Bearing Fruit

John Plunkett
October 29, 2015
Feast of Tabernacles - Day Two

For those of you who grew a vegetable garden this summer, I believe that, by now, your growing season is pretty well over, other than any winter crops that you might have planted.

God built His three Holy Day seasons around the agricultural harvest times in the land of Israel.

The main summer harvest was pretty well complete by the time the Israelite farmers left their farms to attend the Fall Feasts. 

Those who were living any distance from Jerusalem would have likely been away from their farms for the best part of a month.  For example, considering the travel distance from Nazareth, they would have left their homes and farms in time to be settled into their temporary dwellings in Jerusalem in time for evening beginning the Feast of Trumpets.  And they would not be home again until after the Last Great Day.

In what we call the Promised Land of Canaan, or Palestine, or Israel (whatever the politically correct term for it is in this day and age), back then during the temple era, there were various harvest seasons for various crops.  There were not just two – not just an early spring harvest and then a fall one.

I will list the ones that I know about in order.  The growing season starts in the early spring with almonds, then comes flax, barley, wheat, grapes, dates and then, notably, at the very end of the main summer growing season come the figs, the subject of which we will come to soon.

Here we are today, just a couple of days into the Feast of Tabernacles.  God's Fall Feast season symbolizes one of the spiritual harvests.  

Over my years in the Church of God, I have heard some differing ideas on which spiritual harvest the Feast of Tabernacles symbolizes.  Yes, there are different ideas about it and different ways of looking at it; but I'm not going to argue the point today over which  is right and which is wrong.

But just as an example, some feel that, in some respects, the Feast of Pentecost symbolizes our harvest – the harvest of spiritual firstfruits.  Some feel that the Last Great Day pictures the huge harvest that will take place after the second resurrection.  Also that the Feast of Tabernacles symbolizes the intermediate harvest of mankind that is going to take place during the Millennium.  

Although I am okay with all of these, at least to some extent, it is not my purpose today to dig into the various arguments over those symbolisms.  What I really would like to concentrate on today is the harvest aspect of the Fall Holy Days and, more specifically, the aspect of bearing fruit. 

Why?  Because Jesus commands His brothers and sisters, you and me, to bear fruit.  And in some scriptures, to bring forth fruit.

What do these terms mean?

This all started, in my studies anyway, some time ago when I received an e-mail from a lady who  asked an interesting question along these lines. 

Basically she asked if I could clarify the following verses: Mark 11:12-14 and 21.  The lady asked why, when Jesus came to search for figs on the fig tree in what she called the “un-season” for figs did He say that no one shall ever eat figs from that tree again?

I could have just given this lady the "stock answer" that would normally given to this question; but I found her question so intriguing that I expanded on my reply; and it blossomed into a deeper and much more far-reaching Bible Study.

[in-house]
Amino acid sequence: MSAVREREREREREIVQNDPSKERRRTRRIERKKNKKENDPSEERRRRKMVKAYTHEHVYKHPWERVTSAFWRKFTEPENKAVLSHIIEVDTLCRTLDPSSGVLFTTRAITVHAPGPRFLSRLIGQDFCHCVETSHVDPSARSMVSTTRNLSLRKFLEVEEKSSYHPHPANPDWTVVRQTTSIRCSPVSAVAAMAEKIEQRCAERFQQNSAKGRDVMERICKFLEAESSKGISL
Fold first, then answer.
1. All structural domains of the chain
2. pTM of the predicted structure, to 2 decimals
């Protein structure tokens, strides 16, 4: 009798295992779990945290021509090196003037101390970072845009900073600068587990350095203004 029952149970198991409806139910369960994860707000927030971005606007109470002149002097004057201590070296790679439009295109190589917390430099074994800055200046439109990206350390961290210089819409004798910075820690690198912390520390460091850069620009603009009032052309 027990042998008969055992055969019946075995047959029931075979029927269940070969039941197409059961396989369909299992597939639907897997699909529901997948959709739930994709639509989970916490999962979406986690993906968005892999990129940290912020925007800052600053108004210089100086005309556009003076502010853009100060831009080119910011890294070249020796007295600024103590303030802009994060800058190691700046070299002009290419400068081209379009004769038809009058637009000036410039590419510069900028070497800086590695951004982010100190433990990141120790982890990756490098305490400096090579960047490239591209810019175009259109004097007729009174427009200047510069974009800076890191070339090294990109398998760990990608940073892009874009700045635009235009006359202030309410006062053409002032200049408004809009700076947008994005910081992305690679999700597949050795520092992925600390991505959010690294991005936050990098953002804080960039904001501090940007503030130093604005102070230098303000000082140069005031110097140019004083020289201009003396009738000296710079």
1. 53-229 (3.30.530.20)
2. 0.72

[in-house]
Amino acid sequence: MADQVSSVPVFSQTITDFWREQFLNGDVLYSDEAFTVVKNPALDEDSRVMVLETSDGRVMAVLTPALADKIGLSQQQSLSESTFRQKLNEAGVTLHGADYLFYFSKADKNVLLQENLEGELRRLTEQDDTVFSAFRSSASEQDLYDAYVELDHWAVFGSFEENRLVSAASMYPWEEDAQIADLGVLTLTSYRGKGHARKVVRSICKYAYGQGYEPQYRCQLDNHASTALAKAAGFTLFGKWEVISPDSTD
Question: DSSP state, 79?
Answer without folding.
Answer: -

Let’s read first the verses that she mentioned:

Mark 11:
12:  And on the morrow, when they were come from Bethany, He was hungry:
13:  And seeing a fig tree afar off having leaves, He came, if haply He might find any thing thereon: and when He came to it, He found nothing but leaves; for the time of figs was not yet.
14:  And Jesus answered and said unto it, "No man eat fruit of you hereafter forever."  And his disciples heard it...
20:  And in the morning, as they passed by, they saw the fig tree dried up from the roots.
21:  And Peter calling to remembrance said unto Him, "Master, behold, the fig tree which you cursed is withered away."

I find it interesting that, in the verses after these ones, Jesus seems to move away from the fig tree subject:

22:  And Jesus answering said unto them, "Have faith in God.
23:  For verily I say unto you, that whosoever shall say unto this mountain, 'Be you removed, and be you cast into the sea'; and shall not doubt in his heart, but shall believe that those things which he said shall come to pass; he shall have whatsoever he said.
24:  Therefore I say unto you, what things soever you desire, when you pray, believe that you receive them, and you shall have them

(There is a similar, related passage in Luke 13 which we will come to that later).

Was Jesus being unreasonable here?  Was He being unfair – or even cruel – to this "poor" fig tree – especially knowing (as I'm sure the Creator would) that the fig harvest time had not fully come.

The standard response to this lady would be as follows: 

From a distance, Jesus saw this fig tree with leaves.  Being hungry, He approached it, perhapsapparentlyhoping to find some fruit on it.  Since fig trees often produce figs earlier than they produce foliage, upon reaching the tree, all Jesus found were leaves.  The tree had produced no fruit.  Mark added a comment in verse 13 that “it was not the season for figs.” But this is somewhat puzzling, at least until we understand the growth and reproductive cycle of fig trees.  To help with this, I will give you a brief quote from Adam Clark’s commentary about the fig season in Palestine: